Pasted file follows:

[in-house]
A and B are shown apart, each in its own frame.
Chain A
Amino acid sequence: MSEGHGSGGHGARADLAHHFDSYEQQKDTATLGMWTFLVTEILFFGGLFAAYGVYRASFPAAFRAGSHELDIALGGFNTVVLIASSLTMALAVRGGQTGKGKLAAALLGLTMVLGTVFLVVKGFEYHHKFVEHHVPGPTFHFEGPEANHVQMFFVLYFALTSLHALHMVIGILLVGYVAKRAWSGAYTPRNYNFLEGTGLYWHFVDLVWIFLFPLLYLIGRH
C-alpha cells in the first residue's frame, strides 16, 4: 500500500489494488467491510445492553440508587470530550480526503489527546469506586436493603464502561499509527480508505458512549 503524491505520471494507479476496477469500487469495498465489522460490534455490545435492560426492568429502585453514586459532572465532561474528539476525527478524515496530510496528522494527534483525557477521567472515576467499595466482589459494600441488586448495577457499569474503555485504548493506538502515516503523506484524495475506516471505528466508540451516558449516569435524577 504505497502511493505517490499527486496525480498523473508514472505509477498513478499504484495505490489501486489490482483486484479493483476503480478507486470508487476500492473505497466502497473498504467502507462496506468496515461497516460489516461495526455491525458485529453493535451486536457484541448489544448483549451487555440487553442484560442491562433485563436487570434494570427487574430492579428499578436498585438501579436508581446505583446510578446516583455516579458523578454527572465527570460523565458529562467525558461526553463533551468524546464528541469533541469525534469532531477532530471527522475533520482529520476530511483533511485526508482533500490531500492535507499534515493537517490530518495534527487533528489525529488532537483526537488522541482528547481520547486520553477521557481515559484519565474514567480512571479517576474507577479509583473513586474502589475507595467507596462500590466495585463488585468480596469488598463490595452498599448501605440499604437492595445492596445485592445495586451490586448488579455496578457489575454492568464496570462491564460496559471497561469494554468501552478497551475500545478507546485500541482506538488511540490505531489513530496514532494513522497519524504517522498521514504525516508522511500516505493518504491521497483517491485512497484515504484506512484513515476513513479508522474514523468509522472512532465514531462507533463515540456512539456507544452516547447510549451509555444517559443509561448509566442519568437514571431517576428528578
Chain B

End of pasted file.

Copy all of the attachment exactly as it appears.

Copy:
[in-house]
A and B are shown apart, each in its own frame.
Chain A
Amino acid sequence: MSEGHGSGGHGARADLAHHFDSYEQQKDTATLGMWTFLVTEILFFGGLFAAYGVYRASFPAAFRAGSHELDIALGGFNTVVLIASSLTMALAVRGGQTGKGKLAAALLGLTMVLGTVFLVVKGFEYHHKFVEHHVPGPTFHFEGPEANHVQMFFVLYFALTSLHALHMVIGILLVGYVAKRAWSGAYTPRNYNFLEGTGLYWHFVDLVWIFLFPLLYLIGRH
C-alpha cells in the first residue's frame, strides 16, 4: 500500500489494488467491510445492553440508587470530550480526503489527546469506586436493603464502561499509527480508505458512549 503524491505520471494507479476496477469500487469495498465489522460490534455490545435492560426492568429502585453514586459532572465532561474528539476525527478524515496530510496528522494527534483525557477521567472515576467499595466482589459494600441488586448495577457499569474503555485504548493506538502515516503523506484524495475506516471505528466508540451516558449516569435524577 504505497502511493505517490499527486496525480498523473508514472505509477498513478499504484495505490489501486489490482483486484479493483476503480478507486470508487476500492473505497466502497473498504467502507462496506468496515461497516460489516461495526455491525458485529453493535451486536457484541448489544448483549451487555440487553442484560442491562433485563436487570434494570427487574430492579428499578436498585438501579436508581446505583446510578446516583455516579458523578454527572465527570460523565458529562467525558461526553463533551468524546464528541469533541469525534469532531477532530471527522475533520482529520476530511483533511485526508482533500490531500492535507499534515493537517490530518495534527487533528489525529488532537483526537488522541482528547481520547486520553477521557481515559484519565474514567480512571479517576474507577479509583473513586474502589475507595467507596462500590466495585463488585468480596469488598463490595452498599448501605440499604437492595445492596445485592445495586451490586448488579455496578457489575454492568464496570462491564460496559471497561469494554468501552478497551475500545478507546485500541482506538488511540490505531489513530496514532494513522497519524504517522498521514504525516508522511500516505493518504491521497483517491485512497484515504484506512484513515476513513479508522474514523468509522472512532465514531462507533463515540456512539456507544452516547447510549451509555444517559443509561448509566442519568437514571431517576428528578
Chain B